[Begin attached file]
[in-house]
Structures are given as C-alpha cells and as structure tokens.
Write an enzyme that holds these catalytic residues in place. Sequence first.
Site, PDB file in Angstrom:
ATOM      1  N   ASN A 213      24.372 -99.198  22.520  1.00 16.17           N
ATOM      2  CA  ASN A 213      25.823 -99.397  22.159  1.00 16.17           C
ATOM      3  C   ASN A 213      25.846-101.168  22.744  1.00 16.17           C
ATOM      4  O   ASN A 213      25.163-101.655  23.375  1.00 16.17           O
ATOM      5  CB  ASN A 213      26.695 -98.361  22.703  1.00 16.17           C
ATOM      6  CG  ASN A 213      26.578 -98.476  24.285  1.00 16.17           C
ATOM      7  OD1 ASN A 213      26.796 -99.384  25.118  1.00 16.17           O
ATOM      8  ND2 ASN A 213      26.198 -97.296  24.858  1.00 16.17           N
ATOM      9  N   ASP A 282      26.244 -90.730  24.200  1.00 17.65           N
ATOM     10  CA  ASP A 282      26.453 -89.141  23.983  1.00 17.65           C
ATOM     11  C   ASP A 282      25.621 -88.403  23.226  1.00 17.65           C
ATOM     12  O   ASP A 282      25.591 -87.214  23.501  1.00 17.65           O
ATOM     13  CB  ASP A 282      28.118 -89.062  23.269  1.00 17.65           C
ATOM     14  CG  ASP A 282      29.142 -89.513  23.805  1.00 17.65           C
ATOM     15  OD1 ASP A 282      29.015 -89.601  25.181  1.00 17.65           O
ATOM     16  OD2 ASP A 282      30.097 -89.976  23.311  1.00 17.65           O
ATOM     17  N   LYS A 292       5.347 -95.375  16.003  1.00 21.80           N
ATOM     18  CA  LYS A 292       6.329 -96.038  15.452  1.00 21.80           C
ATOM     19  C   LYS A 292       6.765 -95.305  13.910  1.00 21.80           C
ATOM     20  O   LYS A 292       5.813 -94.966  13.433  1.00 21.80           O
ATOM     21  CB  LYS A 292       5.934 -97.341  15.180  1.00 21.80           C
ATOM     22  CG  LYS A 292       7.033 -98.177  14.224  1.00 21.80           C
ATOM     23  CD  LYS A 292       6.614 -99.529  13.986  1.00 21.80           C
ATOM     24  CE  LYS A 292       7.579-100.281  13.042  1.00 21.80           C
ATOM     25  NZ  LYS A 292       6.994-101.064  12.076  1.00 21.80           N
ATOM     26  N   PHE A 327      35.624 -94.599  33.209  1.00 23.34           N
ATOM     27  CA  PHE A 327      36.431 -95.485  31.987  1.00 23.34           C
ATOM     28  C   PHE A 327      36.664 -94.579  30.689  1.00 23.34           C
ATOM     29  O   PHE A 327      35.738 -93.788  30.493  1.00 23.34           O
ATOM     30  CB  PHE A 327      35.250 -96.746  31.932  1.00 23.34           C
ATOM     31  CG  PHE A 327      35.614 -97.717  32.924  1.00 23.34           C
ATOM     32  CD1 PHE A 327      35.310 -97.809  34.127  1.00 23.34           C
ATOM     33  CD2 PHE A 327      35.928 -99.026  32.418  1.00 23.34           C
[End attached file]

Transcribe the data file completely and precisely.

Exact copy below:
[in-house]
Structures are given as C-alpha cells and as structure tokens.
Write an enzyme that holds these catalytic residues in place. Sequence first.
Site, PDB file in Angstrom:
ATOM      1  N   ASN A 213      24.372 -99.198  22.520  1.00 16.17           N
ATOM      2  CA  ASN A 213      25.823 -99.397  22.159  1.00 16.17           C
ATOM      3  C   ASN A 213      25.846-101.168  22.744  1.00 16.17           C
ATOM      4  O   ASN A 213      25.163-101.655  23.375  1.00 16.17           O
ATOM      5  CB  ASN A 213      26.695 -98.361  22.703  1.00 16.17           C
ATOM      6  CG  ASN A 213      26.578 -98.476  24.285  1.00 16.17           C
ATOM      7  OD1 ASN A 213      26.796 -99.384  25.118  1.00 16.17           O
ATOM      8  ND2 ASN A 213      26.198 -97.296  24.858  1.00 16.17           N
ATOM      9  N   ASP A 282      26.244 -90.730  24.200  1.00 17.65           N
ATOM     10  CA  ASP A 282      26.453 -89.141  23.983  1.00 17.65           C
ATOM     11  C   ASP A 282      25.621 -88.403  23.226  1.00 17.65           C
ATOM     12  O   ASP A 282      25.591 -87.214  23.501  1.00 17.65           O
ATOM     13  CB  ASP A 282      28.118 -89.062  23.269  1.00 17.65           C
ATOM     14  CG  ASP A 282      29.142 -89.513  23.805  1.00 17.65           C
ATOM     15  OD1 ASP A 282      29.015 -89.601  25.181  1.00 17.65           O
ATOM     16  OD2 ASP A 282      30.097 -89.976  23.311  1.00 17.65           O
ATOM     17  N   LYS A 292       5.347 -95.375  16.003  1.00 21.80           N
ATOM     18  CA  LYS A 292       6.329 -96.038  15.452  1.00 21.80           C
ATOM     19  C   LYS A 292       6.765 -95.305  13.910  1.00 21.80           C
ATOM     20  O   LYS A 292       5.813 -94.966  13.433  1.00 21.80           O
ATOM     21  CB  LYS A 292       5.934 -97.341  15.180  1.00 21.80           C
ATOM     22  CG  LYS A 292       7.033 -98.177  14.224  1.00 21.80           C
ATOM     23  CD  LYS A 292       6.614 -99.529  13.986  1.00 21.80           C
ATOM     24  CE  LYS A 292       7.579-100.281  13.042  1.00 21.80           C
ATOM     25  NZ  LYS A 292       6.994-101.064  12.076  1.00 21.80           N
ATOM     26  N   PHE A 327      35.624 -94.599  33.209  1.00 23.34           N
ATOM     27  CA  PHE A 327      36.431 -95.485  31.987  1.00 23.34           C
ATOM     28  C   PHE A 327      36.664 -94.579  30.689  1.00 23.34           C
ATOM     29  O   PHE A 327      35.738 -93.788  30.493  1.00 23.34           O
ATOM     30  CB  PHE A 327      35.250 -96.746  31.932  1.00 23.34           C
ATOM     31  CG  PHE A 327      35.614 -97.717  32.924  1.00 23.34           C
ATOM     32  CD1 PHE A 327      35.310 -97.809  34.127  1.00 23.34           C
ATOM     33  CD2 PHE A 327      35.928 -99.026  32.418  1.00 23.34           C